Sara's Reviews > The Postcolonial Middle Ages

The Postcolonial Middle Ages by Jeffrey Jerome Cohen
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Jan 10, 2011

it was amazing
bookshelves: colonial-history, historical-theory, islamic-history, medieval-history
Read from January 10 to April 03, 2011

I think this book is so grand, here's an essay I wrote about it:

A persistent conundrum of historical inquiry lies in whether a pattern or trend inheres in the subject time period itself, in that time period's ideal self, or in the historiography about that time period. Phrased another way, would a medieval person agree with the characteristic I purport to identify about the Middle Ages (and which medieval person at that, which Middle Ages)? This question is worth asking and remembering while exploring any historical topic, but its indeterminacy should not prevent one from making statements about a time period. I believe in a view of history as provisional - only the best story we've concocted so far that accounts for the most stuff. This provisionality becomes more necessary and more complex when attempting to speak about more than concrete events, for example, about discourse; of modern periods about older ones, of contemporary writers about their own periods, of the haves about the have-nots. Discourse concerns linguistic communities, power, contingency and culturally-constructed attitudes more than it concerns Truth. With that caveat in mind...

Increasingly, medieval historians employ postcolonial theory to explore issues of power and identity in the Middle Ages. These projects have begun to reveal the ways the modern West formulated and continues to formulate its sense of self with respect to the Middle Ages. John M. Ganim has compared the Modern world's dynamic of identity formation vis-à-vis the Middle Ages to the West's dynamic of identity formation vis-à-vis the East. He uses "Medievalism" to refer to this dynamic, referencing and thereby adopting some of the epistemological baggage of Edward Said's much-explored Orientalism. Ganim's comparison is not mere analogy. He posits a connection between Medievalism and Orientalism that transcends simple metaphor and dwells more in syncretism. In his essay, "Native Studies: Orientalism and Medievalism," Ganim states:

Starting in the sixteenth century, the Middle Ages reveal an identity crisis: Sometimes the medieval is the starting point of Western European cultural self-consciousness, at other times the forms of medieval culture are defined as foreign, especially Eastern, in origin. Orientalism and Nativism are inextricably intertwined within the 'Medieval.'1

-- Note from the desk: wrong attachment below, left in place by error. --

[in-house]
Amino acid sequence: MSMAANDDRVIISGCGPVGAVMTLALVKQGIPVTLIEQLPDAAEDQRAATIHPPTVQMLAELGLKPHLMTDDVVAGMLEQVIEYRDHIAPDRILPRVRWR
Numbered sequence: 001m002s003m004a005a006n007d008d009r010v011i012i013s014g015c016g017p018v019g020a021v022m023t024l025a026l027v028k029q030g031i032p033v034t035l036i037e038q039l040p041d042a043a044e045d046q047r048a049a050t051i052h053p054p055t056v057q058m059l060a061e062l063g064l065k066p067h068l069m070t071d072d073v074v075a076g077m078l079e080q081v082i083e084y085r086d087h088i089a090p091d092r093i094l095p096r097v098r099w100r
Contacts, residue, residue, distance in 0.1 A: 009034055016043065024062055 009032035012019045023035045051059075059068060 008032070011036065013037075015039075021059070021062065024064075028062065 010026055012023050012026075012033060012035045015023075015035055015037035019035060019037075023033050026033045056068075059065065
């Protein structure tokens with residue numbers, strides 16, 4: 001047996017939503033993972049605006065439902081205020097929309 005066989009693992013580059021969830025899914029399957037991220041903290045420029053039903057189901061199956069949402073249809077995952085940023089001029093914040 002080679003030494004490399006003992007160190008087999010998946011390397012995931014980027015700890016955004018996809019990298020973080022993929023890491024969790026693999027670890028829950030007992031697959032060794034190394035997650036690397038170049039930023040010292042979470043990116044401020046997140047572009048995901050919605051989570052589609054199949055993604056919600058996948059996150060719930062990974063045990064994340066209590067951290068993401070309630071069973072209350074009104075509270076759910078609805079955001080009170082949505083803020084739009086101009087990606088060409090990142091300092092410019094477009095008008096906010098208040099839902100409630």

In demonstration of this intertwinement, Ganim offers Gothic architecture. During the sixteenth and seventeenth centuries, writers attributed to the Gothic style "native" European qualities, observing that the gracefully vaulted ceilings of Gothic buildings echoed northern Teutonic forests. For other contemporaneous writers and aesthetes, like John Evelyn and Christopher Wren, taken with the Renaissance celebration of classical Greek and Roman architecture, the Gothic style with its pointed arches manifested an "Eastern" or "Saracen" contamination of a traditionally Western aesthetic. Many Early Modern thinkers saw this contamination, too, in medieval chivalric romances and other medieval narrative forms.2 As Ganim observes, all of this post-medieval concern for the provenance of medieval cultural products testifies to a deep insecurity in Early Modern Europe over its origins, identity and legitimacy.

The nations of Europe, according to Geraldine Heng, began to coalesce in the medieval period. European senses of nationhood, in part, configured European identity and determined its colonial-era conduct. Heng discusses this inchoate nationhood with specific regard to England. She examines how, in order to create the idea of nation, many differences among people within England had to be elided, just as similarities among "Others" outside the nation (or outside the nation's sense of self) had to be created or analogized.3 Heng explores these "medieval modalities of thought [that] made it possible to slide ideologically from one religious target to another,"4 specifically where Islam and Judaism were concerned. Medieval Europeans profoundly misunderstood, reduced or ignored facts about Islam, as they had done about Judaism before it, in order to perpetuate about both religions the slander that they were idolaters, pagans, well-poisoners and baby-killers. All Others, regardless of their actual differences, could stand in for one another within the medieval European notion of identity.

This proclivity for analogizing Others appears in post-medieval European treatment of colonized peoples as well.5 Colonial-era Europeans painted the colonized in broad and similarly inaccurate brush strokes. Whether the colonized persons were Maori, Ojibwe or Australian Aborginal, the initial and most important identification marker (as far as European discourse of the period was concerned) was their non-Europeanness where Europeanness equated to civilized, Christian and white. In this way, colonial European discourse at its most basic elided the differences among vast numbers of the colonized, asserting that colonized people's primarily pertinent quality was of being not European. Moreover, it superimposed over colonized people the binary thinking of European colonialism, which offered but one European-based definition of what constituted, for example, "civilization," "culture," or "wisdom" and attributed all other definitions or practices to the lack of "civilization," of "culture" or of "wisdom."